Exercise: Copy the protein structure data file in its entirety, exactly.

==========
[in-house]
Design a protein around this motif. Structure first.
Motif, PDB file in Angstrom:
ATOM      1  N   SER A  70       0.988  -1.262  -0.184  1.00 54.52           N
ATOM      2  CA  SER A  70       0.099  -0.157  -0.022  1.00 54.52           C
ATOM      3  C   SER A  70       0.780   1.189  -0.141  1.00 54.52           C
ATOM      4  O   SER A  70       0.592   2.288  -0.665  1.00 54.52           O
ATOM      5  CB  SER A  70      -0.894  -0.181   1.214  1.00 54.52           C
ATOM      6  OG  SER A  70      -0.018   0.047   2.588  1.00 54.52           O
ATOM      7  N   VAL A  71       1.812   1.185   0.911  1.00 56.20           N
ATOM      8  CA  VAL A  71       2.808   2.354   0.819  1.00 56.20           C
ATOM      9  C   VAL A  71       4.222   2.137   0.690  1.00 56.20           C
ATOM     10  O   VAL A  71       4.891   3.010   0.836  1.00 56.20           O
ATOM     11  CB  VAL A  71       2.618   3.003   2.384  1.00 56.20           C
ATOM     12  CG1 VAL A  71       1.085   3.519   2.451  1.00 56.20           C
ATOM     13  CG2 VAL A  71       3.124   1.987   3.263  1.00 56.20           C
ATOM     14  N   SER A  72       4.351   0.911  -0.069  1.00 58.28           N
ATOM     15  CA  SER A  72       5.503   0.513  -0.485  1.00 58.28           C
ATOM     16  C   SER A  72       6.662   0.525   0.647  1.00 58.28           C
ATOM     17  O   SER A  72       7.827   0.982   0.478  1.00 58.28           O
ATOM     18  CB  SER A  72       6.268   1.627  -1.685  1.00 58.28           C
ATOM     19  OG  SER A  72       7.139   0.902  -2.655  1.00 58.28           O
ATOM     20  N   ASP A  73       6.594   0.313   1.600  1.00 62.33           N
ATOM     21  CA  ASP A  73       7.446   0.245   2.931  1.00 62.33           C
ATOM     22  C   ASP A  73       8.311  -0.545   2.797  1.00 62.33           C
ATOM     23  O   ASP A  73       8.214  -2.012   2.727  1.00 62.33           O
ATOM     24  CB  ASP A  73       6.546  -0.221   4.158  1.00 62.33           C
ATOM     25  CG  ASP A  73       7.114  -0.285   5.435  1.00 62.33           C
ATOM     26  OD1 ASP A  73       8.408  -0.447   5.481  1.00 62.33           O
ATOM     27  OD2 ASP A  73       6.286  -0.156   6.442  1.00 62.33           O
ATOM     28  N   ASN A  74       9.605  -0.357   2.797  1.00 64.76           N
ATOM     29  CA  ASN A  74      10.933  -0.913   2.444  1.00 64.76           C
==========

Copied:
[in-house]
Design a protein around this motif. Structure first.
Motif, PDB file in Angstrom:
ATOM      1  N   SER A  70       0.988  -1.262  -0.184  1.00 54.52           N
ATOM      2  CA  SER A  70       0.099  -0.157  -0.022  1.00 54.52           C
ATOM      3  C   SER A  70       0.780   1.189  -0.141  1.00 54.52           C
ATOM      4  O   SER A  70       0.592   2.288  -0.665  1.00 54.52           O
ATOM      5  CB  SER A  70      -0.894  -0.181   1.214  1.00 54.52           C
ATOM      6  OG  SER A  70      -0.018   0.047   2.588  1.00 54.52           O
ATOM      7  N   VAL A  71       1.812   1.185   0.911  1.00 56.20           N
ATOM      8  CA  VAL A  71       2.808   2.354   0.819  1.00 56.20           C
ATOM      9  C   VAL A  71       4.222   2.137   0.690  1.00 56.20           C
ATOM     10  O   VAL A  71       4.891   3.010   0.836  1.00 56.20           O
ATOM     11  CB  VAL A  71       2.618   3.003   2.384  1.00 56.20           C
ATOM     12  CG1 VAL A  71       1.085   3.519   2.451  1.00 56.20           C
ATOM     13  CG2 VAL A  71       3.124   1.987   3.263  1.00 56.20           C
ATOM     14  N   SER A  72       4.351   0.911  -0.069  1.00 58.28           N
ATOM     15  CA  SER A  72       5.503   0.513  -0.485  1.00 58.28           C
ATOM     16  C   SER A  72       6.662   0.525   0.647  1.00 58.28           C
ATOM     17  O   SER A  72       7.827   0.982   0.478  1.00 58.28           O
ATOM     18  CB  SER A  72       6.268   1.627  -1.685  1.00 58.28           C
ATOM     19  OG  SER A  72       7.139   0.902  -2.655  1.00 58.28           O
ATOM     20  N   ASP A  73       6.594   0.313   1.600  1.00 62.33           N
ATOM     21  CA  ASP A  73       7.446   0.245   2.931  1.00 62.33           C
ATOM     22  C   ASP A  73       8.311  -0.545   2.797  1.00 62.33           C
ATOM     23  O   ASP A  73       8.214  -2.012   2.727  1.00 62.33           O
ATOM     24  CB  ASP A  73       6.546  -0.221   4.158  1.00 62.33           C
ATOM     25  CG  ASP A  73       7.114  -0.285   5.435  1.00 62.33           C
ATOM     26  OD1 ASP A  73       8.408  -0.447   5.481  1.00 62.33           O
ATOM     27  OD2 ASP A  73       6.286  -0.156   6.442  1.00 62.33           O
ATOM     28  N   ASN A  74       9.605  -0.357   2.797  1.00 64.76           N
ATOM     29  CA  ASN A  74      10.933  -0.913   2.444  1.00 64.76           C